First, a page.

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Drug Addiction and Its Prevention

HealthDrug Addiction and Its Prevention
By: Sania Mazher

Drug addiction, also known as substance use disorder, causes a person to lose control over their drug use, whether prescribed or obtained illegally. Drugs include substances like alcohol, weed, and tobacco. If you’re addicted to a substance, you might keep taking it even though you know it’s terrible. Regular drug usage sometimes develops after initial, socially-motivated experimentation with a recreational drug. Some people develop a dependency on drugs after using prescribed medicines or obtaining drugs from someone with prescriptions. The potential for addiction and the rate of addiction development are both substance-specific. Opioid medicines, for example, carry a higher risk and can lead to addiction more rapidly than other drugs. As time passes, you may need larger drug doses to get high. Soon you may need the drug to feel good. Increased drug use can make it difficult to abstain from future use. Attempting to quit drug addiction can bring on solid cravings and even physical sickness. These are called withdrawal symptoms.

Recent data from the United Nations estimates that there are 7.6 million drug addicts in Pakistan, with men making up 78 percent and women making up 22 percent of the population. With an estimated 40,000 new addicts yearly, Pakistan is quickly becoming one of the world’s most drug-affected nations.

Drug addiction is a global concern that impacts millions of lives. Stigma and discrimination against drug users are significant barriers to receiving the medical and psychological care they require. Respect for human rights, compassion, and evidence-based practices are at the forefront of the United Nations Office on Drugs and Crime’s (UNODC) approach to drug policy. Every year on June 26th, the world celebrates World Drug Day, the International Day against Drug Abuse and Illicit Trafficking. This year’s campaign aims to raise awareness about the importance of treating people who use drugs with respect and empathy; providing evidence-based, voluntary services for all; offering alternatives to punishment; prioritizing prevention; and leading with compassion. The initiative also encourages respectful, non-judgmental language to reduce the stigma and discrimination that drug users face.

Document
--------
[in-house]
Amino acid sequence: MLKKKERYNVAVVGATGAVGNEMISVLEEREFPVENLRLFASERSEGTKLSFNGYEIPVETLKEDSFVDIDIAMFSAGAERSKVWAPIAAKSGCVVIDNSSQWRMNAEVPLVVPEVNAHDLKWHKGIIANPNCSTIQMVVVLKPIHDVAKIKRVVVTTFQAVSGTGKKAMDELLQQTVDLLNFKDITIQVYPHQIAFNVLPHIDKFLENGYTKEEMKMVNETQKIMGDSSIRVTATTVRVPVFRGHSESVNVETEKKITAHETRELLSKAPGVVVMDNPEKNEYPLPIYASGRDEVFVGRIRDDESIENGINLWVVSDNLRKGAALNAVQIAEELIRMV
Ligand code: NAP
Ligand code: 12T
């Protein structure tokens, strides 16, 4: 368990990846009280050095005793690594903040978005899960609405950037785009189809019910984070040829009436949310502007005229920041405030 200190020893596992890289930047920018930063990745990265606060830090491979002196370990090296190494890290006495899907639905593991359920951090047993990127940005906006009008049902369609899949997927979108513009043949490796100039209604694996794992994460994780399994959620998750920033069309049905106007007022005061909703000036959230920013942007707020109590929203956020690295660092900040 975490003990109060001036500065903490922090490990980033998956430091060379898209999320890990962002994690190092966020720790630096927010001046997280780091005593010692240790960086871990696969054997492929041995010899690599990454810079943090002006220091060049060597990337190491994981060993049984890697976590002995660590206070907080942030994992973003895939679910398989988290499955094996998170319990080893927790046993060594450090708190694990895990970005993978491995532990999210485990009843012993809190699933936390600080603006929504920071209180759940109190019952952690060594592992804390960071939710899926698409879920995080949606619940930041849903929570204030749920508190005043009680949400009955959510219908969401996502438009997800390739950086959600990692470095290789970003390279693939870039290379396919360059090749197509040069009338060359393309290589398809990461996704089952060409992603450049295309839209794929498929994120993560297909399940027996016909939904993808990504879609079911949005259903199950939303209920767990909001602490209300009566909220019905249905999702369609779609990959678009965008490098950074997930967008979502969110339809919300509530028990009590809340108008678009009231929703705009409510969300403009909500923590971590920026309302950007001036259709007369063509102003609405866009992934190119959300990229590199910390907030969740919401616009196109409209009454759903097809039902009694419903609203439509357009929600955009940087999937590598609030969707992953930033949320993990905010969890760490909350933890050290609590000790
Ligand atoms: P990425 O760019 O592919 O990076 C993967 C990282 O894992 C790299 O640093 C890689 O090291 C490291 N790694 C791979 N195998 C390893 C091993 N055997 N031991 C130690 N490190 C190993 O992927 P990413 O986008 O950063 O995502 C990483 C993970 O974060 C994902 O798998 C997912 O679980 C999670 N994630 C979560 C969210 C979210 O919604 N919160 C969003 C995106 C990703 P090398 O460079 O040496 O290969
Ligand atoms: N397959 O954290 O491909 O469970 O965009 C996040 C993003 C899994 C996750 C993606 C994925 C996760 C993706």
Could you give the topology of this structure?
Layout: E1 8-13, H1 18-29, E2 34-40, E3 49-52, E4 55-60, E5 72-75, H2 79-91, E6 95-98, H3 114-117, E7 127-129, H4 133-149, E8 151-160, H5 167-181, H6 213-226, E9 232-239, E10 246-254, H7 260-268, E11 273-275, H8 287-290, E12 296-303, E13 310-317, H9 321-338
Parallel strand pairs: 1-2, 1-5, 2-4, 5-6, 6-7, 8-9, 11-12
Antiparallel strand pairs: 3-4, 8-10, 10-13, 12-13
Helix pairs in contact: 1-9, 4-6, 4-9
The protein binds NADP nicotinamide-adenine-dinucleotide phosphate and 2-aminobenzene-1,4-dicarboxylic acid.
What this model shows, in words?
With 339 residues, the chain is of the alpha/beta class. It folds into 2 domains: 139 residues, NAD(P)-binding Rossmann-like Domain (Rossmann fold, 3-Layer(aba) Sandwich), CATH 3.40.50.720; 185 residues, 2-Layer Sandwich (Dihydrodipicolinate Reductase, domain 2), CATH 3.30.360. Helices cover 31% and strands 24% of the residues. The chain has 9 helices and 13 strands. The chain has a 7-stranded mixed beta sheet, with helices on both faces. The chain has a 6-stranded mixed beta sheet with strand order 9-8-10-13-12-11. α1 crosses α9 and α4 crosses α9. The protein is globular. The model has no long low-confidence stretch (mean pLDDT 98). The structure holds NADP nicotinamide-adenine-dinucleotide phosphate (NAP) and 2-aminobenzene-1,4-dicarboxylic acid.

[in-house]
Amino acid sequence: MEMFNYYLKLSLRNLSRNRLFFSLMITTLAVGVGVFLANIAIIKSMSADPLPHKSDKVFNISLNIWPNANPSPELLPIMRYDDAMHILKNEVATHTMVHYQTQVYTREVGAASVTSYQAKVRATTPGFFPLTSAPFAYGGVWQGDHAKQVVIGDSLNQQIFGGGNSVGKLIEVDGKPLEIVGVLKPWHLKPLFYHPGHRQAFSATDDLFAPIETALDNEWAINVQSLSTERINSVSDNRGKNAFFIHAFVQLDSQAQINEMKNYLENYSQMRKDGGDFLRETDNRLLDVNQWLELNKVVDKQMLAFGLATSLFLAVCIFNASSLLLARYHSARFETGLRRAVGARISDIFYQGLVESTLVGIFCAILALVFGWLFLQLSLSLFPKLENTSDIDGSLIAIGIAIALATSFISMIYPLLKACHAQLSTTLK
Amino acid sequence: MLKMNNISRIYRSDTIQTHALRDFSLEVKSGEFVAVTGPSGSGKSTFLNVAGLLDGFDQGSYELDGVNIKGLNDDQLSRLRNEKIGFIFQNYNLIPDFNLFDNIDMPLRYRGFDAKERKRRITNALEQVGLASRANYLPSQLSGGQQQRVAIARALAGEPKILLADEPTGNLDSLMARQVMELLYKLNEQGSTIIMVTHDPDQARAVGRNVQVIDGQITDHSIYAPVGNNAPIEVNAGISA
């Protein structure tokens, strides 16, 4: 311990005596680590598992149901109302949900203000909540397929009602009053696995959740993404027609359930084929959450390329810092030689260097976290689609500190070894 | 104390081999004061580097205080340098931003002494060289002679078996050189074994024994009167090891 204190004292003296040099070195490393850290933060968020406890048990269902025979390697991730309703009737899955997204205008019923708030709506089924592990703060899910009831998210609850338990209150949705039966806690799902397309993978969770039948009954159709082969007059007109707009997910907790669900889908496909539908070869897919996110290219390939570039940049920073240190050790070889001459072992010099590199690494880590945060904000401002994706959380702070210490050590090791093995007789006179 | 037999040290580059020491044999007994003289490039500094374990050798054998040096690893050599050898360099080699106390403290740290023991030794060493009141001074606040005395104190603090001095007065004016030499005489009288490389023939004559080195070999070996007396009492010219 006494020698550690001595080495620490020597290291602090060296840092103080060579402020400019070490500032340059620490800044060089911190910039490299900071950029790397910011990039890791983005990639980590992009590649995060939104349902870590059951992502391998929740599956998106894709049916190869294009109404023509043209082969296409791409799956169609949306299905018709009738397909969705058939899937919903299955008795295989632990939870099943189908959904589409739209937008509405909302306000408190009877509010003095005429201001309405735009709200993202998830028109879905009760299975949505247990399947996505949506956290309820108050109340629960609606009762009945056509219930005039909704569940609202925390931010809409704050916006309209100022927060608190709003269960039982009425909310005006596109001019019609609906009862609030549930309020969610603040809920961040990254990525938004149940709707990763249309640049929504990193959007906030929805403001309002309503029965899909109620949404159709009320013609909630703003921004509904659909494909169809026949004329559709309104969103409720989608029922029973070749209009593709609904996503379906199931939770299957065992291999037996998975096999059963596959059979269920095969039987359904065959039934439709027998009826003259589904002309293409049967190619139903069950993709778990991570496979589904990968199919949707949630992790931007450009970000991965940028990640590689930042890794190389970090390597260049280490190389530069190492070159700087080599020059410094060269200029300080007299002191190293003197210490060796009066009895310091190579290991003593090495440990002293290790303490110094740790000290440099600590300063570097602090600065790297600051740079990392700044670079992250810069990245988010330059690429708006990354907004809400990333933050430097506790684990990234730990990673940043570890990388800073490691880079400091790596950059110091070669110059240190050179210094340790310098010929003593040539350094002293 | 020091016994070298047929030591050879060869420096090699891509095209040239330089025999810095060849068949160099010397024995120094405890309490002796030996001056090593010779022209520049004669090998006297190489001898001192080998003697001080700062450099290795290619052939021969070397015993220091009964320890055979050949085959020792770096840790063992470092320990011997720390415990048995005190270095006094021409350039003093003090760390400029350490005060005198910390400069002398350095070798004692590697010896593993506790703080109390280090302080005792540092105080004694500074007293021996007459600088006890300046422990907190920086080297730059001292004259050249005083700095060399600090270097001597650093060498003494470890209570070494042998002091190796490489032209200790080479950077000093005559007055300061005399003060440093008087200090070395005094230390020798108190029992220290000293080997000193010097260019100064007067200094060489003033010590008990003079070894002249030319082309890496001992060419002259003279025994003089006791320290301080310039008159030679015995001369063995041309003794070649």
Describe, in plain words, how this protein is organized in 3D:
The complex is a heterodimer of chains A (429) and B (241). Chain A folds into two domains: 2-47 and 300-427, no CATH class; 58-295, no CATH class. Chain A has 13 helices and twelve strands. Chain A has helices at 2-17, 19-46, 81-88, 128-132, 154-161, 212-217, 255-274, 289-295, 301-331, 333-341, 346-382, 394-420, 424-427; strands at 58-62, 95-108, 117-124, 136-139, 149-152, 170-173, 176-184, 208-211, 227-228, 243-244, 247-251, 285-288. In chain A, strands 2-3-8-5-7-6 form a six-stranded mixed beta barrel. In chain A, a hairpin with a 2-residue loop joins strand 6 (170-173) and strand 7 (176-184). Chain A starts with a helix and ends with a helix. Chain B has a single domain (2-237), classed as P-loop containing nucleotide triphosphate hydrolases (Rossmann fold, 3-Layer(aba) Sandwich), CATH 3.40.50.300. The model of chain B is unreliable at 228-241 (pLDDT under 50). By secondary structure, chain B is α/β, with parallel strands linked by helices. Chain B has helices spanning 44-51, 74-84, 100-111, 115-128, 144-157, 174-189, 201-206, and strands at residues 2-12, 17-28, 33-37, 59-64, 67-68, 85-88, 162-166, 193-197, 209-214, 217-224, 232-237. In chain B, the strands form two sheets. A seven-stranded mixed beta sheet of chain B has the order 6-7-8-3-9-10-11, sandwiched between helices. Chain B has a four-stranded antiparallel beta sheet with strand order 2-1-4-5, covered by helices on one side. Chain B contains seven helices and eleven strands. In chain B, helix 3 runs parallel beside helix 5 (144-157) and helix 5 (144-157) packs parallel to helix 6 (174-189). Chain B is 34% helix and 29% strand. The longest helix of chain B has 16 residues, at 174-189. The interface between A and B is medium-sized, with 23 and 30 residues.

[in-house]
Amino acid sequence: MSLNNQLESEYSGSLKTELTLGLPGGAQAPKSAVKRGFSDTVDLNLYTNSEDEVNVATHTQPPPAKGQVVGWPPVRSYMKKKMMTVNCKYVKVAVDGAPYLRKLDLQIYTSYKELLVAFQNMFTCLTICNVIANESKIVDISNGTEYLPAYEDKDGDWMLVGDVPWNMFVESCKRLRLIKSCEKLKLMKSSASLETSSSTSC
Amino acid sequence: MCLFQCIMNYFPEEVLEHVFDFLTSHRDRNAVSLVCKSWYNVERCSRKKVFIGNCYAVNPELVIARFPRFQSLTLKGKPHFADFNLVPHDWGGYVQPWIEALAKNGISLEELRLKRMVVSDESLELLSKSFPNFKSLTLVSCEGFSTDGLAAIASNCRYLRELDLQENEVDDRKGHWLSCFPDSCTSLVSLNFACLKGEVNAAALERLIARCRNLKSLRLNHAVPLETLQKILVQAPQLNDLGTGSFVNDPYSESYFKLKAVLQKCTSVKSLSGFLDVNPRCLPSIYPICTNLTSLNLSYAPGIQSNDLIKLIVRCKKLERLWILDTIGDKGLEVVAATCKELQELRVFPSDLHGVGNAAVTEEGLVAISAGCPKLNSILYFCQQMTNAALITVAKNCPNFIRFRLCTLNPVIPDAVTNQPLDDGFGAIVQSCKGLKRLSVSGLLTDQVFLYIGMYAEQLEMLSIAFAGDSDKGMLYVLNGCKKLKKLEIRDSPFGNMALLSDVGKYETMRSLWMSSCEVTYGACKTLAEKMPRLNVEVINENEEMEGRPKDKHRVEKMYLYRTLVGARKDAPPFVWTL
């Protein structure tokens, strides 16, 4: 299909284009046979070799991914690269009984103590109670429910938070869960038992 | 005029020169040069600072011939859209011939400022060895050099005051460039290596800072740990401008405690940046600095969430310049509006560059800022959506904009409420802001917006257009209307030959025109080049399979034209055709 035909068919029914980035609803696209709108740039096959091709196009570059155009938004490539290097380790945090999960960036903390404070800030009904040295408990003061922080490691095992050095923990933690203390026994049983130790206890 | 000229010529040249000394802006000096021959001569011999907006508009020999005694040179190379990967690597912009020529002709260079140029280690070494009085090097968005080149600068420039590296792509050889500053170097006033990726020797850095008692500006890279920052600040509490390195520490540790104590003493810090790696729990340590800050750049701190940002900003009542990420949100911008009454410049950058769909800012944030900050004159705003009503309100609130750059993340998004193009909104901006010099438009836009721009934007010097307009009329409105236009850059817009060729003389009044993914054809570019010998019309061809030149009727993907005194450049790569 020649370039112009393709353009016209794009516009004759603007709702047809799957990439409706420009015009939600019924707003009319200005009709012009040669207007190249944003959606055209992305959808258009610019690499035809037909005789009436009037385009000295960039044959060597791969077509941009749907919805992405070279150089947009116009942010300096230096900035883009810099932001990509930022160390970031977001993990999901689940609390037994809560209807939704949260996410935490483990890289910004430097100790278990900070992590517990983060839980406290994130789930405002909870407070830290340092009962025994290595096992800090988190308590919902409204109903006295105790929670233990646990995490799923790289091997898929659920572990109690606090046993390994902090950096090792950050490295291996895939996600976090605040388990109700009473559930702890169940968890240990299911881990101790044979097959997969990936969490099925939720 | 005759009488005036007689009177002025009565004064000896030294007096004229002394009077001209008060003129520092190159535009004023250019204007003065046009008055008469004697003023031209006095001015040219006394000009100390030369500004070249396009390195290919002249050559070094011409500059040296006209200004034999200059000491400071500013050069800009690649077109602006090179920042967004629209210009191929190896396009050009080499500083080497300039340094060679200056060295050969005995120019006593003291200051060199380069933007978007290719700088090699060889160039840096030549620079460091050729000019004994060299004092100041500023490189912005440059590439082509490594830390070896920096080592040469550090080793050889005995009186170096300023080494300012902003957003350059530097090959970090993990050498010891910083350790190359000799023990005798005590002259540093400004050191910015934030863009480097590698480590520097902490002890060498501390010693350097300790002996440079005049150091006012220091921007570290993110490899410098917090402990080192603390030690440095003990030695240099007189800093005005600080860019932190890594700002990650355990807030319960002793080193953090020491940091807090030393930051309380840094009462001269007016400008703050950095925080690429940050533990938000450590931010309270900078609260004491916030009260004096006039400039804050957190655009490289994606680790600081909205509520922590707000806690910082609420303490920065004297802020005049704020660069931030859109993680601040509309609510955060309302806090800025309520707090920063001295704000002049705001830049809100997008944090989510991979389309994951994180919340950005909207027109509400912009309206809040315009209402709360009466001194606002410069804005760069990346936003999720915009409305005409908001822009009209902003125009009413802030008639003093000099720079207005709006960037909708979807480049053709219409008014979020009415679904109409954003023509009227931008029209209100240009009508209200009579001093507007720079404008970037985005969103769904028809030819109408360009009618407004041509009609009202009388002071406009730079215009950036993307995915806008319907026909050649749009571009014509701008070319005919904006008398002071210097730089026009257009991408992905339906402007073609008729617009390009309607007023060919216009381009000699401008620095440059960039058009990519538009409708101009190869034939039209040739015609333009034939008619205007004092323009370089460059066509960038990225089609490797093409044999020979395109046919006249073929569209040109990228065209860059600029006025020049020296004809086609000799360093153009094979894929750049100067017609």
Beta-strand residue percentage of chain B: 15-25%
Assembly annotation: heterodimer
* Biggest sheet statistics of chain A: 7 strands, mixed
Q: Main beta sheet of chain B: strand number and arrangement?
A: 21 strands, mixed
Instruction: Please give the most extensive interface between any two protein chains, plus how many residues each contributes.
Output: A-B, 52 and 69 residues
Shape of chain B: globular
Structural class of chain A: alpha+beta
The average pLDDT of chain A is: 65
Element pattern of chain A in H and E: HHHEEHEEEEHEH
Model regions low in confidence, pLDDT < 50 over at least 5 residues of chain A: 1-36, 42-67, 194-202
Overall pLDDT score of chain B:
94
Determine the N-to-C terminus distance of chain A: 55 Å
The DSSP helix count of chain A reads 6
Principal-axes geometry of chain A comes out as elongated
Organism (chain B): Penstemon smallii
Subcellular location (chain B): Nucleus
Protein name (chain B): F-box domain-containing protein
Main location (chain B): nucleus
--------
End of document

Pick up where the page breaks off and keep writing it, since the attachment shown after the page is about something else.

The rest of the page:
Although there is no fool proof strategy for preventing drug and alcohol abuse, there are measures that anyone may take. Here are the five most effective methods for avoiding drug abuse.

  • Have an appreciation for the causes of substance abuse. It can be developed through the recreational use of addictive drugs (illicit or prescribed) or by avoiding stress and anxiety via drug use.
  • Build healthy social networks by avoiding people who might influence you to engage in drugs. It’s been claimed that “we become most like those we surround ourselves by,” therefore hanging out with heavy drinkers and drug addicts will make you more like them.
  • Thirdly, there is a strong correlation between mental illness and substance usage. A licensed therapist or counselor should be consulted when coping with mental health issues like anxiety, depression, or post-traumatic stress disorder. If you seek help from a trained practitioner, you can learn effective methods of managing your symptoms without resorting to harmful substances.
  • Several studies have indicated that mental illness and addiction tend to run in families but can be prevented if caught early. Knowing your biological, environmental, and physical risk factors might help you better prepare for and deal with them.

The writer is a Psychologist and can be reached at [email protected]

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